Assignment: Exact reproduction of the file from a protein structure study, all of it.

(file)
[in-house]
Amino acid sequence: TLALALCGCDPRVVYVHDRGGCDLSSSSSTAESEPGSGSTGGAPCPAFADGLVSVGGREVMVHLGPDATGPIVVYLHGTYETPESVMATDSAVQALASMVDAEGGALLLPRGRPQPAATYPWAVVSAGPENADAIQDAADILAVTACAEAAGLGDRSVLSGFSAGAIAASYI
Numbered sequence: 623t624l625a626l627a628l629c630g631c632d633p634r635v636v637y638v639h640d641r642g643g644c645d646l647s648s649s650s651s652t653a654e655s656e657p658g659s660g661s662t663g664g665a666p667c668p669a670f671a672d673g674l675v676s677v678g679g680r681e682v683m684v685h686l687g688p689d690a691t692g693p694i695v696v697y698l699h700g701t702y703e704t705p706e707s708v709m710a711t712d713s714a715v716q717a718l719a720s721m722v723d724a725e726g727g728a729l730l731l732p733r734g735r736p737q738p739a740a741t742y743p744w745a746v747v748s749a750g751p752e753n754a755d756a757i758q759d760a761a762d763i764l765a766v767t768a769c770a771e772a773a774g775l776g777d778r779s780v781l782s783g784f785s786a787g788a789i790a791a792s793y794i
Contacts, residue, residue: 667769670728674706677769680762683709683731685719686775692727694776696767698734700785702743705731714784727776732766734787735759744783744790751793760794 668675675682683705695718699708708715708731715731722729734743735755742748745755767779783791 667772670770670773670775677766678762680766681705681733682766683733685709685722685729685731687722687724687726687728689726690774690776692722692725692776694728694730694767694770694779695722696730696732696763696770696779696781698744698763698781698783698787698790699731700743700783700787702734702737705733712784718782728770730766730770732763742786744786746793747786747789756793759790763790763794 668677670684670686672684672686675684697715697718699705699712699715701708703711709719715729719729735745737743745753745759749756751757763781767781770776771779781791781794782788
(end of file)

[in-house]
Amino acid sequence: TLALALCGCDPRVVYVHDRGGCDLSSSSSTAESEPGSGSTGGAPCPAFADGLVSVGGREVMVHLGPDATGPIVVYLHGTYETPESVMATDSAVQALASMVDAEGGALLLPRGRPQPAATYPWAVVSAGPENADAIQDAADILAVTACAEAAGLGDRSVLSGFSAGAIAASYI
Numbered sequence: 623t624l625a626l627a628l629c630g631c632d633p634r635v636v637y638v639h640d641r642g643g644c645d646l647s648s649s650s651s652t653a654e655s656e657p658g659s660g661s662t663g664g665a666p667c668p669a670f671a672d673g674l675v676s677v678g679g680r681e682v683m684v685h686l687g688p689d690a691t692g693p694i695v696v697y698l699h700g701t702y703e704t705p706e707s708v709m710a711t712d713s714a715v716q717a718l719a720s721m722v723d724a725e726g727g728a729l730l731l732p733r734g735r736p737q738p739a740a741t742y743p744w745a746v747v748s749a750g751p752e753n754a755d756a757i758q759d760a761a762d763i764l765a766v767t768a769c770a771e772a773a774g775l776g777d778r779s780v781l782s783g784f785s786a787g788a789i790a791a792s793y794i
Contacts, residue, residue: 667769670728674706677769680762683709683731685719686775692727694776696767698734700785702743705731714784727776732766734787735759744783744790751793760794 668675675682683705695718699708708715708731715731722729734743735755742748745755767779783791 667772670770670773670775677766678762680766681705681733682766683733685709685722685729685731687722687724687726687728689726690774690776692722692725692776694728694730694767694770694779695722696730696732696763696770696779696781698744698763698781698783698787698790699731700743700783700787702734702737705733712784718782728770730766730770732763742786744786746793747786747789756793759790763790763794 668677670684670686672684672686675684697715697718699705699712699715701708703711709719715729719729735745737743745753745759749756751757763781767781770776771779781791781794782788